What does Christianity have in common with Star Wars?

Both claim to be built on hope.

Princess Leia famously says in the 1977 original “Help me Obi Wan Kenobi, you’re my only hope”.

“Rebellions are built on hope” says Jyn Erso and Cassian Andor in Rogue One.

And of course, following one of the greatest scenes in the franchise when Darth Vader marches through a corridor in relentless pursuit of a thumb drive, when said thumb drive is safely delivered and the question is asked “what’s this”, the answer is of course…“hope”.

On it goes. The story is built on hope.

But it’s flimsy hope. It’s hope based on circumstances, human possibilities and abilities. The circumstances are dire. Human possibilities are slim (“never tell me the odds” says Han). Yet the abilities of the good guys mean they’ll win.

It’s fun. But don’t be fooled. This hope is far from Christian hope. (“Far, far away.”)

Christian hope is based not on circumstances, human possibilities nor abilities. Christian hope depends on the sure promises of God.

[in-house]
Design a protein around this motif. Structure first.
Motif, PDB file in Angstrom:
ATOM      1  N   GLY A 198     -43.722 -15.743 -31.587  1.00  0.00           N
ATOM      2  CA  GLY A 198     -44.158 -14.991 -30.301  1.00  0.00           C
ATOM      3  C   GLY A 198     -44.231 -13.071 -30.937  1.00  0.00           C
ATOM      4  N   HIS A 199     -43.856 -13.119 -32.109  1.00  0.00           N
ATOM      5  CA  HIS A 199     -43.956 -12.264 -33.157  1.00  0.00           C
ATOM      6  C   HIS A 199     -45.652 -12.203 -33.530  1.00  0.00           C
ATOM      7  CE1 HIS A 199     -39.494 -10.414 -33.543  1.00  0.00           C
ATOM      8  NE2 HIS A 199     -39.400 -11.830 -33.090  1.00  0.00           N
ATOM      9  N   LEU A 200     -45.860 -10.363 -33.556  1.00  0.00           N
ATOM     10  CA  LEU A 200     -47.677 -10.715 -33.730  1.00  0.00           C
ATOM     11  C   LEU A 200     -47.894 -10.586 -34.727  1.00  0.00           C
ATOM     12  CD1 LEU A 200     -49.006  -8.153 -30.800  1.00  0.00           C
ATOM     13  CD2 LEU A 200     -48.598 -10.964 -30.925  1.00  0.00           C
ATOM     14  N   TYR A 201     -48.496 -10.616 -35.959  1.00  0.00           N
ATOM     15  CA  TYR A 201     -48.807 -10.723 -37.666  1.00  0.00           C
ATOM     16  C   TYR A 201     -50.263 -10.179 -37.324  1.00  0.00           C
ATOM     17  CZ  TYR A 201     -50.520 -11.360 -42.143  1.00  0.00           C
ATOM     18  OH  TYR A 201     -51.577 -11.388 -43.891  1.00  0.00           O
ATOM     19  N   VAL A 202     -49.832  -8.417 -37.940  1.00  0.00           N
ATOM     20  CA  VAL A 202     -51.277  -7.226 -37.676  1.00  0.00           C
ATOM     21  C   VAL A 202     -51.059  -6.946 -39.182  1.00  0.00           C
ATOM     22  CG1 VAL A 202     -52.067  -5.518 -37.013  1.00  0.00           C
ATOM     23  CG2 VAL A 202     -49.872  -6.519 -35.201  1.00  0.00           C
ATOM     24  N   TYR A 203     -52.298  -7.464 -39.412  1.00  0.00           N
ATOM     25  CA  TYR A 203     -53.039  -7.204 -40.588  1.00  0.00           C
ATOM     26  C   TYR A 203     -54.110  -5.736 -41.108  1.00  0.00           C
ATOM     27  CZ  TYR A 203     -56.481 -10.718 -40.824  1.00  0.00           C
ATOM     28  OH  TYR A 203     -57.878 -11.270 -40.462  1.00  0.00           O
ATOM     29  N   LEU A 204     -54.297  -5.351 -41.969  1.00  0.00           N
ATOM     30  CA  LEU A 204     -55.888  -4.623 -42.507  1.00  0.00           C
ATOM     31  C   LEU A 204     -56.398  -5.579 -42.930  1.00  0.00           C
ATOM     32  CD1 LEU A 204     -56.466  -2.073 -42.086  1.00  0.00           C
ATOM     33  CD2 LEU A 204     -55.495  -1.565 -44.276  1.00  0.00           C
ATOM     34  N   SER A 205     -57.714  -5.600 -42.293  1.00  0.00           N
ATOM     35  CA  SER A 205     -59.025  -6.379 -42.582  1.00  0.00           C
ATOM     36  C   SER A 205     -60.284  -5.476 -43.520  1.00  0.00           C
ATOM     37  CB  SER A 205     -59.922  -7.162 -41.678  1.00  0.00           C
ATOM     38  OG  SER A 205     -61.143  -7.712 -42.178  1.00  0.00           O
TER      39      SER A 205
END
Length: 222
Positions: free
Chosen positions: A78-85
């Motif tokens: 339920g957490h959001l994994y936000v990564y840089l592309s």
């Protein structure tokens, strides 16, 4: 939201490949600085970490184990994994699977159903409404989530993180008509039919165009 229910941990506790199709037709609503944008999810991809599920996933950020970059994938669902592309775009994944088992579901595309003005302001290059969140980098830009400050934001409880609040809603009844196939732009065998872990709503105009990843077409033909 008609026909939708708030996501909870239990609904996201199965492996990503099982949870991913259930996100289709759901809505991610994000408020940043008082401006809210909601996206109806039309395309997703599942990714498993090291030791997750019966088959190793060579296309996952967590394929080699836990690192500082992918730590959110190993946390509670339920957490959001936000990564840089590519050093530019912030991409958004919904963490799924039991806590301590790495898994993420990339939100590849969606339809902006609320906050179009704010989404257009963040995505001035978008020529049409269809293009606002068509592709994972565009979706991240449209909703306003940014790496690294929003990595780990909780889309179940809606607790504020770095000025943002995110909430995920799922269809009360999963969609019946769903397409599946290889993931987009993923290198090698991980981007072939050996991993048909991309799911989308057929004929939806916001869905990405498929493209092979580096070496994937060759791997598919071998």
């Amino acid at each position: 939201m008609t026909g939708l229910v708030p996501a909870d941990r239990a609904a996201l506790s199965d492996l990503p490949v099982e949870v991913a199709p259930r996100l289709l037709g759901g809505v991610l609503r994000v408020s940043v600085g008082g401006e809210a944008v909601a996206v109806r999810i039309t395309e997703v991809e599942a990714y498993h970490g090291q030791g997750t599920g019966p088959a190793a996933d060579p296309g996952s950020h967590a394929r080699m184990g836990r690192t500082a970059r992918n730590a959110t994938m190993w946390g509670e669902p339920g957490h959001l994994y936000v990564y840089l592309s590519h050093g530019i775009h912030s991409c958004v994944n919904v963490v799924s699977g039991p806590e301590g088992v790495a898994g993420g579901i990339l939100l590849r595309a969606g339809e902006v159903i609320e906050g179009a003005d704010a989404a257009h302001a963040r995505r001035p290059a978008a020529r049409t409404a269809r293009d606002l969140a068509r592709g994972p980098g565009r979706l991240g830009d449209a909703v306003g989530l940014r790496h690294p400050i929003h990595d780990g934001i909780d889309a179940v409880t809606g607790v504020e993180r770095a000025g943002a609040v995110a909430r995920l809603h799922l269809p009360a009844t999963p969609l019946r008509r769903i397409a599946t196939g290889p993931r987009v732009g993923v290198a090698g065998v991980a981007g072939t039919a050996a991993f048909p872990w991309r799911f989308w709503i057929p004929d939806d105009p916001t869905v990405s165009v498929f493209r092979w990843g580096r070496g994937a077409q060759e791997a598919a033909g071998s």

God promised Abraham (Genesis 12:2-3):

“I will make of you a great nation” and “in you all the families of the earth shall be blessed.”

How does Abraham respond (Romans 4:18)?

“In hope he believed against hope, that he should become the father of many nations, as he had been told, ‘So shall your offspring be’.”

Hope depends on God’s sure promise. For God’s promises are trustworthy.

Our Easter message is one of hope.

Jesus himself describes his suffering, death, resurrection and the forgiveness of sins in his name as fulfilling what’s written (Luke 24:46-47).

The Apostle Peter says of God (1 Peter 1:3):

“according to his great mercy, he has caused us to be born again to a living hope through the resurrection of Jesus Christ from the dead.”

Christian hope is sure. Our future is as sure as God’s promises!

And like Abraham (Heb 11:10), our hope is not for this life only (1 Co 15:19). Our hope is for the glory of God (Romans 5:2). “When Christ who is your life appears, you also will appear with him in glory” (Colossians 3:2).

Which would you rather? Flimsy hope based on bad odds overcome? Or sure hope based on God’s sure promises answered yes in the risen Jesus, Lord of all? Praise be to God.

Warmly in Christ,

Jon Baird
Sunday Assistant Minister